Senior dialing up pressure on Bell MTS over failing phone line
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Hey there, time traveller!
This article was published 10/05/2022 (212 days ago), so information in it may no longer be current.
A 90-year-old Winnipeg woman and her neighbours are calling on Bell MTS to fix their broken land line phone connections but it seems no one hears them.
Sella (who didn’t want her last name used) lives on a block in the Crescentwood neighbourhood where she and neighbours on either side of a shared back alley have had no telephone service since early April. Service was off and on for almost a year before that, the senior said Monday.
The connection is vital: Sella needs it for her Lifeline medical alert device to work if she has an emergency.
“I’m just getting tired of it,” the senior said Monday, borrowing an area resident’s telephone to talk to the Free Press.
“It’s completely off right now. I haven’t had (MTS) TV and lately when the phone works, it has static. But the phone is more important to me because I’m on the Lifeline.”
Sella’s daughter, Debbie, who lives in western Manitoba, said she saw her mother on the weekend and had to stay an extra day due to the residential telephone being out of commission.
“She needs to be connected to Lifeline,” Debbie said. “It’s a safety function. She has had two falls — what if she falls again? If she presses the button and no one comes, what can she do?”
Despite several attempts, no one from Bell MTS could be reached for comment Monday.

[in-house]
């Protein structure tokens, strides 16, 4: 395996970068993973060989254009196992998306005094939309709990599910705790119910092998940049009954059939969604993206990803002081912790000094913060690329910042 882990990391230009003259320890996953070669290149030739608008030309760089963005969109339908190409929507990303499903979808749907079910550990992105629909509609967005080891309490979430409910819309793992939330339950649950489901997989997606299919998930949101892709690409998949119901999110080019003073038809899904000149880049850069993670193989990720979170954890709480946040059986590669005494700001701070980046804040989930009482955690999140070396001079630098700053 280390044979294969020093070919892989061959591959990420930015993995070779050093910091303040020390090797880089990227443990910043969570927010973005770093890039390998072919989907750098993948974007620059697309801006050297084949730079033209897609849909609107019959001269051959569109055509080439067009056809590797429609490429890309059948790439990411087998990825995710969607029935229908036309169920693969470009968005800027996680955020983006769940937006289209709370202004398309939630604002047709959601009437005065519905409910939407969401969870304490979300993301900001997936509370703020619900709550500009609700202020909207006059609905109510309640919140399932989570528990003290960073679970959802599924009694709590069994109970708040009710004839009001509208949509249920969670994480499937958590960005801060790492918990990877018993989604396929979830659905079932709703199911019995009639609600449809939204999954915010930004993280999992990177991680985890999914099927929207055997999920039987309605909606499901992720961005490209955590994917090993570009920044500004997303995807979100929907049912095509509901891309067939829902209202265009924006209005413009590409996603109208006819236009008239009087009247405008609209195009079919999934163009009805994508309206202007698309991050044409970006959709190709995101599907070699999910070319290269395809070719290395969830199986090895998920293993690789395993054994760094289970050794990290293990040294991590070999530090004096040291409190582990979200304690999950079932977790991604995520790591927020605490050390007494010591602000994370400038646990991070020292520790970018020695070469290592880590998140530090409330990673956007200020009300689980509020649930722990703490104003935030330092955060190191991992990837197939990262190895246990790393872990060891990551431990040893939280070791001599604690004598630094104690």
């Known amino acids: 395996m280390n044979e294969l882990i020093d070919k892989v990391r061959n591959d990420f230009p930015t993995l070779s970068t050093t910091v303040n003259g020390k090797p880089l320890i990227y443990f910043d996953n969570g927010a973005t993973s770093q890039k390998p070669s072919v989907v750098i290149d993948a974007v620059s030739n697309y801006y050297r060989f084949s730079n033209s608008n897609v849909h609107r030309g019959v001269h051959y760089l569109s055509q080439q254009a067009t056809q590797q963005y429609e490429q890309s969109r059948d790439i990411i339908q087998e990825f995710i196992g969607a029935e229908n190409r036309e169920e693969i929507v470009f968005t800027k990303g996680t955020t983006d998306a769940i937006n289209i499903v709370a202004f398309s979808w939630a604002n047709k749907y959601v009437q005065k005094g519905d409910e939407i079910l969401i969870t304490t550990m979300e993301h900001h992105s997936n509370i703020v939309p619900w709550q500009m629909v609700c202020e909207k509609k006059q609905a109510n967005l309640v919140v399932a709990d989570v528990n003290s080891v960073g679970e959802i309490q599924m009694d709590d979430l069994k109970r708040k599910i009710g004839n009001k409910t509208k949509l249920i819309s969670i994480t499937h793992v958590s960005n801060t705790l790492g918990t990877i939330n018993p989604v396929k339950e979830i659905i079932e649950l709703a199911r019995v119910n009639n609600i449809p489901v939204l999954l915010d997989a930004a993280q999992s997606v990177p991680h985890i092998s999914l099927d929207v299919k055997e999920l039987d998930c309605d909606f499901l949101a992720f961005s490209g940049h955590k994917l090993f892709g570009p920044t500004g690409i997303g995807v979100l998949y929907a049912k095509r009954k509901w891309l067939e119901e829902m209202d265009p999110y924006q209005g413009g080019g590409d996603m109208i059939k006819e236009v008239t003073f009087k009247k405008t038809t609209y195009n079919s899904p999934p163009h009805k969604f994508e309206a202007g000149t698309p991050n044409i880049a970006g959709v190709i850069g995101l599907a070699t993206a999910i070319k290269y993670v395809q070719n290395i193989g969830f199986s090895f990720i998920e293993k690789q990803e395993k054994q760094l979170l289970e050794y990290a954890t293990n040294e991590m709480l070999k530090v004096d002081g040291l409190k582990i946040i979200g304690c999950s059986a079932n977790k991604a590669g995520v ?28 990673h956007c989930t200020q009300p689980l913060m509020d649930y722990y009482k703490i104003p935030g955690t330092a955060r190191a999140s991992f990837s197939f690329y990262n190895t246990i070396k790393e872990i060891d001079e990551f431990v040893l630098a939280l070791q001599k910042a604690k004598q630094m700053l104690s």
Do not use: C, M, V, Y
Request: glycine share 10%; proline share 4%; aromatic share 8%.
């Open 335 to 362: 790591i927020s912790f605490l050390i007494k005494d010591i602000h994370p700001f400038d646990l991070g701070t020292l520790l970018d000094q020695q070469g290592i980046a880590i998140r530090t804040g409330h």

Krystal Stokes, a spokeswoman for Victoria Lifeline, a community service of the Victoria General Hospital Foundation, said its system works with land lines but can also be set up without using a phone.
“But if there isn’t sufficient cellular strength in the area, that wouldn’t work either,” she said. “For us, the traditional landline is still the tried and true connection.”
Stokes said when the phone line goes out Lifeline gets a signal, so first they try calling the person. “If we get no answer, we would then connect with the responders on file. And we can send EMS if we can’t get hold of anybody.”
When the phone line is disconnected, a help call cannot be transmitted until the telephone connection is re-established, she said.
Carole Seneshen, who lives a few doors away from Sella, said she hasn’t had problems with her landline but several neighbours have.
“We’re OK, but I have a huge concern about Sella,” Seneshen said. “It’s absolutely an issue her phone has been out. I don’t know why they just don’t fix the wire.”
Another neighbour, Lisa, said she has also complained several times to Bell MTS, to no avail.
Lisa said when the first technician came to check the telephone wire in the back lane, they said there was nothing wrong with it, so it must be the connection to her home. Another technician later said the wire to her home was fine, so it must be the wire in the back alley.
A third technician came April 18, and said not only was the main line in the alley “frayed and dangling, I’m surprised your service works at all,” she said.
Lisa said there is also no point for her or other neighbours in replacing land lines with cellphone service only: they hardly work on the block.
“They came out and found we have no cell service at all here. We are in a dead zone,” she said.
As for Sella, she said it’s good she has “wonderful neighbours” who check on her.
“I must not get angry about it,” she said. “I just stay calm. But, after a year, you have to complain.”
Kevin Rollason is one of the more versatile reporters at the Winnipeg Free Press. Whether it is covering city hall, the law courts, or general reporting, Rollason can be counted on to not only answer the 5 Ws — Who, What, When, Where and Why — but to do it in an interesting and accessible way for readers.
Updated on Tuesday, May 10, 2022 1:08 PM CDT: Lifeline information